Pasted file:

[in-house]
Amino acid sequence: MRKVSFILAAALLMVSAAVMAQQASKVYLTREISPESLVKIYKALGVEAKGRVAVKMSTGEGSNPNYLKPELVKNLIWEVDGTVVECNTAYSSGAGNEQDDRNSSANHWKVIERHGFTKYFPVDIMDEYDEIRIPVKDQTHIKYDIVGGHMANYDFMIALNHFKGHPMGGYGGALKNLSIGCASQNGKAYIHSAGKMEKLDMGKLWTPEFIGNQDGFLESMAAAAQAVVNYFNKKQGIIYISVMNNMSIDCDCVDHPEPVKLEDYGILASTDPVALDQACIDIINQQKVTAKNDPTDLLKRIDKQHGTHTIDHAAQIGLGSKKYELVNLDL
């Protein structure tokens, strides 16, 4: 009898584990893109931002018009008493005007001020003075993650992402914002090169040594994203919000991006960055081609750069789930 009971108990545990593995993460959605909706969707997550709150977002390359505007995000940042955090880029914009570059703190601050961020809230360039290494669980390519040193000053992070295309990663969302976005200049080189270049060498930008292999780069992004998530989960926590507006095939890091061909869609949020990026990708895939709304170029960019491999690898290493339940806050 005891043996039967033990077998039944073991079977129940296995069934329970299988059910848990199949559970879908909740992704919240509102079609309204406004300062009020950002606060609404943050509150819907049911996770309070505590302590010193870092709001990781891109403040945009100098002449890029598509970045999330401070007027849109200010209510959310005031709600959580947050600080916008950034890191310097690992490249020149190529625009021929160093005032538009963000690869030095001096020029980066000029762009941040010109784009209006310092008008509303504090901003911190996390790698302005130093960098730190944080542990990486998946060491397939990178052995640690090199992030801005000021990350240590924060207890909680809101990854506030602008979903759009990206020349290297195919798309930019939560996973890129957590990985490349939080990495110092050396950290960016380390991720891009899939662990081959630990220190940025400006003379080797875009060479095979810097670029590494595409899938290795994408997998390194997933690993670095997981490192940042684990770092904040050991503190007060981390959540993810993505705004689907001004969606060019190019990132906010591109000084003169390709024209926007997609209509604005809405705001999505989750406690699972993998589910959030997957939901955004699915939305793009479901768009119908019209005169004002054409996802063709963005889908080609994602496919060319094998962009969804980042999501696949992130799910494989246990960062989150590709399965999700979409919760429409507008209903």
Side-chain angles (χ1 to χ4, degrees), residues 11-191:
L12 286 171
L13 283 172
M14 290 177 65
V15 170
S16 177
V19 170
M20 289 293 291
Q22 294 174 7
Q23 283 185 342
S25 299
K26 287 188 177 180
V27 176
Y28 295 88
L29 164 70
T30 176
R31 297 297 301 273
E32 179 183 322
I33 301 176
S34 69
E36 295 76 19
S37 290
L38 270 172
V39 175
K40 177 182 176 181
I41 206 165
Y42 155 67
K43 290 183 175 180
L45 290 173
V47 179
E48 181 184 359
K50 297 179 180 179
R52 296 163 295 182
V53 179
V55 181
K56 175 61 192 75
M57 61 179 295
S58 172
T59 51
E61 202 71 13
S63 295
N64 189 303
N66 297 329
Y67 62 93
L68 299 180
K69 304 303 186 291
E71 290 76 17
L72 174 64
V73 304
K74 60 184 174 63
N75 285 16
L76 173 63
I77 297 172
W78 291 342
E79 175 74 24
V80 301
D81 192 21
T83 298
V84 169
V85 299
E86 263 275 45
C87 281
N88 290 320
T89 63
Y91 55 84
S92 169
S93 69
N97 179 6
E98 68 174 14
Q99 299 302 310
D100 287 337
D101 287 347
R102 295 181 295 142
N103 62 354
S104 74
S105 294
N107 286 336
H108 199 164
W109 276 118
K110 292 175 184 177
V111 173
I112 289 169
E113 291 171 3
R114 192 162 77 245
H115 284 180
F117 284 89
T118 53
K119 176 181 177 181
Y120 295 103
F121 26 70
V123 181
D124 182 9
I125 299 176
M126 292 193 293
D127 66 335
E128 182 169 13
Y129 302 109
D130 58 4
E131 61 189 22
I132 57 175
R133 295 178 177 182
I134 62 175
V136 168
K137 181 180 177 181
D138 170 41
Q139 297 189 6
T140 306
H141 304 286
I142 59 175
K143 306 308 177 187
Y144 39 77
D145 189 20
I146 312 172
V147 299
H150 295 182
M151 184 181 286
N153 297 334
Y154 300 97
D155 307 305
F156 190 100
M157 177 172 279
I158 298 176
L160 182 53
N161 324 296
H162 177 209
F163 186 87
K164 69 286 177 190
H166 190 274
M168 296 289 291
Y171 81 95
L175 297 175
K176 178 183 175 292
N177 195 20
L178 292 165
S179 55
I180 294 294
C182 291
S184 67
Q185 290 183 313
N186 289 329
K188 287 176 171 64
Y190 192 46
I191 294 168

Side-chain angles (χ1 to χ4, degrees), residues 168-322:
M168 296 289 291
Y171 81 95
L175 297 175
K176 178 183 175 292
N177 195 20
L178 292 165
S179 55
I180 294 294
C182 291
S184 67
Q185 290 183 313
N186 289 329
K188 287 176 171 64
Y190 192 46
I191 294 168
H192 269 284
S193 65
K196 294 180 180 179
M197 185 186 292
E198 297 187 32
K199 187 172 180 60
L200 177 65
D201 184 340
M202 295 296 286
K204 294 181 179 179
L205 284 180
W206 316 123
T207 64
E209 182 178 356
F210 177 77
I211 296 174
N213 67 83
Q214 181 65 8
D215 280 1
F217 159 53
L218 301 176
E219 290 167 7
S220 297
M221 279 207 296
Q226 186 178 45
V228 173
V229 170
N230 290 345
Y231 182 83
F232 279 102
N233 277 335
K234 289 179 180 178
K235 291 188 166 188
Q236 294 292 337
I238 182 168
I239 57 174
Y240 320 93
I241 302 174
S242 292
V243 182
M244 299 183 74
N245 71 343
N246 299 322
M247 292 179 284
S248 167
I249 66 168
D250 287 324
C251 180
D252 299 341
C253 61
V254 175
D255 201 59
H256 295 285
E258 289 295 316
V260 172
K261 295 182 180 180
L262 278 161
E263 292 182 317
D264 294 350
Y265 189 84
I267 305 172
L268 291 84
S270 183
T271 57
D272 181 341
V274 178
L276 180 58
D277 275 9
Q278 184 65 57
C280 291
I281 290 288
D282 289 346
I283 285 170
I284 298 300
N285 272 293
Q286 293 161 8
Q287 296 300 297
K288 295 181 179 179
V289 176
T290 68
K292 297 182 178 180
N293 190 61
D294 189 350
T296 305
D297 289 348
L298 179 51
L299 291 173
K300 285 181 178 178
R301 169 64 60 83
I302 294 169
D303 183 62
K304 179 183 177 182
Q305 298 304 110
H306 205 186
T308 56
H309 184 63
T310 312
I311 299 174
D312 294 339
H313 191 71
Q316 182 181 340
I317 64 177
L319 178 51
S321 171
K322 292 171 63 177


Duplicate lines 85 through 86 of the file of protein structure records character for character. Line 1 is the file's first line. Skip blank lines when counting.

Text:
I112 289 169
E113 291 171 3